Cheers! James

Good Coffee!

What makes a good coffee? In my experience it’s more to do with having decent roasted coffee beans (we use Rio’s Espresso blend) and someone who has the patience and passion to make a really good espresso. The machine is secondary. You can spend a lot of money (thousands of dollars) on a state of the art Italian espresso machine and then have someone who doesn’t care making the coffee and all you will get is a thin, watery, flavourless coffee. On th other hand you can have a very basic machine and someone who is passionate and end up with the best you have ever tasted! A case in point is our mate Kim. He has a $20o espresso machine, but is fanatical about coffee. He has researched, for instance, by his own experimentation, how many days after the coffee is roasted will it taste the best. He’s looked into the quality of the milk, what other factors make a difference to the coffee eg the size of the beans. The result is that he makes the best coffee I have ever tasted! His example has inspired me to make sure we make very good coffee but not to worry about getting the best equipment.

That said our trusty Sunbeam Cafe Series espresso machine is now being sorely tested by increasing numbers of people wanting our coffee. The poor thing is really just a domestic machine, but it does make really good espresso. However, it is slow at texturing the milk, which in the past hasn’t been a problem, but now it is beginning not to be able to cope with getting orders for 5 or 6 at a time. Also the pump is beginning to wear out. I am in two minds whether to replace the pump or upgrade to a small commercial machine. One that can take the work load and also texture the milk quickly.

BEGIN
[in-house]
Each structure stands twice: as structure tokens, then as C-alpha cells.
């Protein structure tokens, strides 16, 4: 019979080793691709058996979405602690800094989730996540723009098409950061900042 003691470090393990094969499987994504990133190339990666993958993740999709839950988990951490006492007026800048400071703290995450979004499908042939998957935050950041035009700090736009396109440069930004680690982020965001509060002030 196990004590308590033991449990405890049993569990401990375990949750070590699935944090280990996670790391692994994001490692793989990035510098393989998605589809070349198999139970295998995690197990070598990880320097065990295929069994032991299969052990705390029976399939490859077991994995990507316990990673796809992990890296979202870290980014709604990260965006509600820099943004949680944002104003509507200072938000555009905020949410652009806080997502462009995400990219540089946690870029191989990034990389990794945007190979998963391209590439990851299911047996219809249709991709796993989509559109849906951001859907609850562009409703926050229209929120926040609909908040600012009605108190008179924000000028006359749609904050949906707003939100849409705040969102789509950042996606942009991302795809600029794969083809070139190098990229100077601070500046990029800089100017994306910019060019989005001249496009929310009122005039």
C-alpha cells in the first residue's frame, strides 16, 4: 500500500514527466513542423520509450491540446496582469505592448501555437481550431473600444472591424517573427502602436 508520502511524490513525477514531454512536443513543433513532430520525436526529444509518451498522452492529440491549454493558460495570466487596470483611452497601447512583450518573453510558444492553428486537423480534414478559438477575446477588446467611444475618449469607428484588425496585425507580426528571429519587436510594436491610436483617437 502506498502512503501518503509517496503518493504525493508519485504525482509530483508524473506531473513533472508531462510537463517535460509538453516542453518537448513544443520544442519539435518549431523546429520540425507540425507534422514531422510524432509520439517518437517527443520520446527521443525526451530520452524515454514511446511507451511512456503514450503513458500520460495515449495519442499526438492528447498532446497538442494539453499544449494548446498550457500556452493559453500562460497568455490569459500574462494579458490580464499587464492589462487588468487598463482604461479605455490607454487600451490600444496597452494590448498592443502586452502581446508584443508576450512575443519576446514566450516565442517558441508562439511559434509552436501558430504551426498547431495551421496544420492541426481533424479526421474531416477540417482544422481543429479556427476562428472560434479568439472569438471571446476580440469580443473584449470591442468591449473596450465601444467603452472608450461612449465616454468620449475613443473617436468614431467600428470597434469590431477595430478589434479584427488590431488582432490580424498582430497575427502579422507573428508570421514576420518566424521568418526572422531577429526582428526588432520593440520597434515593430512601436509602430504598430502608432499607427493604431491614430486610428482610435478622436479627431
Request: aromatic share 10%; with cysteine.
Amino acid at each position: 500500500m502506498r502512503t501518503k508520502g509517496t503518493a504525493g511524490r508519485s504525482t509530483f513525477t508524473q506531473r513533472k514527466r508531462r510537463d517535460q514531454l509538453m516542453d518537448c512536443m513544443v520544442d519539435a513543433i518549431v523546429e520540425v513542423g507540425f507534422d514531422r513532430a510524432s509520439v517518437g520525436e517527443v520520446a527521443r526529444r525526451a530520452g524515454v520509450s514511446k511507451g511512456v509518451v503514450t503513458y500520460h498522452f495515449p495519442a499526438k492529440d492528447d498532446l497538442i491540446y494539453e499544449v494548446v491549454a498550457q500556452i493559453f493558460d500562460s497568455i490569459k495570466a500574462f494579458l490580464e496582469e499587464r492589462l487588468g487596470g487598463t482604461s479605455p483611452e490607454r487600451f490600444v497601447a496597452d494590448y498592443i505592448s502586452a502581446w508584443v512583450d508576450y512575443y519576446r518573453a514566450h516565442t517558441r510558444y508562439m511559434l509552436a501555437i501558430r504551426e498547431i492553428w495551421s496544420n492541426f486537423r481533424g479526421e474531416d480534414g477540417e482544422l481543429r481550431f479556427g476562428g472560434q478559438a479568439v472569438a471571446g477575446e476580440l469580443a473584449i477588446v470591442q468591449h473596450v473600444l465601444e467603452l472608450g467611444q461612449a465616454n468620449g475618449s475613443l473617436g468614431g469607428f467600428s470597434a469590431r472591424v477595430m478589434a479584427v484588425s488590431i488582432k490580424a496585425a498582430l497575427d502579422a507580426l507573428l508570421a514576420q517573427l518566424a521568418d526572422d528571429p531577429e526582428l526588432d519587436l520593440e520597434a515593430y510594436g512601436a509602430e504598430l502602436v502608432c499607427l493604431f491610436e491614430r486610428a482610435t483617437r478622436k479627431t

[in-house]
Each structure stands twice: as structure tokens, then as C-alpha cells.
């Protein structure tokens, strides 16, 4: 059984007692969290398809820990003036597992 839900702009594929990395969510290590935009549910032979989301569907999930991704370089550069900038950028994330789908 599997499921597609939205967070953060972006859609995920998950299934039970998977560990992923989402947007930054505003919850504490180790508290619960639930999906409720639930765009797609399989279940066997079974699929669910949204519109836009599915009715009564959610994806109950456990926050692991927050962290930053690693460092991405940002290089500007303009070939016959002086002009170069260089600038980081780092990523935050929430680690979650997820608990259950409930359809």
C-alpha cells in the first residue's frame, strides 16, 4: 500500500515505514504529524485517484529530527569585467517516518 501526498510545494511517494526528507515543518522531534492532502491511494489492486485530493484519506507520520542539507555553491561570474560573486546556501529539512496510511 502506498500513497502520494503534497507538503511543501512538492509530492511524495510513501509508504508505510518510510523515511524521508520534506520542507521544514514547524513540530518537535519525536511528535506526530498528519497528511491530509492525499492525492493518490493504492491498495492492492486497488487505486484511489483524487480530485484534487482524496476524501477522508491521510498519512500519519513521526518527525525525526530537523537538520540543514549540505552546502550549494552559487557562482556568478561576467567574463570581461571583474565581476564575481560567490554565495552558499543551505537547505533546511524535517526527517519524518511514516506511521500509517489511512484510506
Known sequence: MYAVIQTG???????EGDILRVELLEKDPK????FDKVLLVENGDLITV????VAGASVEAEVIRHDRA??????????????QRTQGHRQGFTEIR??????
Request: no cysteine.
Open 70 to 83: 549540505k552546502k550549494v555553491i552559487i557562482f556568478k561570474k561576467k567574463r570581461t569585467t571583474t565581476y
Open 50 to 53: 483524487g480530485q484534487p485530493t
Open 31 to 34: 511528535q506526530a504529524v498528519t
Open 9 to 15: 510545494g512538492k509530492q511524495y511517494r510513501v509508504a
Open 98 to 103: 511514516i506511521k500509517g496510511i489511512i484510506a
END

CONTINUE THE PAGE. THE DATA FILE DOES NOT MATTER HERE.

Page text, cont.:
What are your experiences with making coffee and where do you think the best coffee is to be found?

Brisbane here we come!

Since the early days we have sold wine in Brisbane and on the Sunshine Coast, as Annabelle’s family come from this area and so it seemeed a natural place to start interstate. For the first few years we sold direct which invloved myself and my trusty sales guy, and all round good mate, going up to Brisbane and the coast for a week and trying to get our wine into all the best restaurants. We had some notable successes, most notably Il Centro in Brisbane putting our Reserve Chardonnay on by the glass. Since those halcyon days, when a sales trip meant also enjoying some fine dining (shhh don’t tell Annabelle), we have managed to get our wines on to quite a few lists as we decided that it was probably more cost effective to have a QLD distributor. This worked well for a while but it was time to move on and appoint another distributor who could manage a larger territory. Namely the entire East Coast!

So last week I spent a day going to all my old stomping grounds, seeing old customers and potentially new ones, in the company of my new distributor. It was great fun to spend a day doing this, without having to worry about follow up phone calls, getting the orders out in time and generally managing the account. That’s their job and I believe we all are better for it!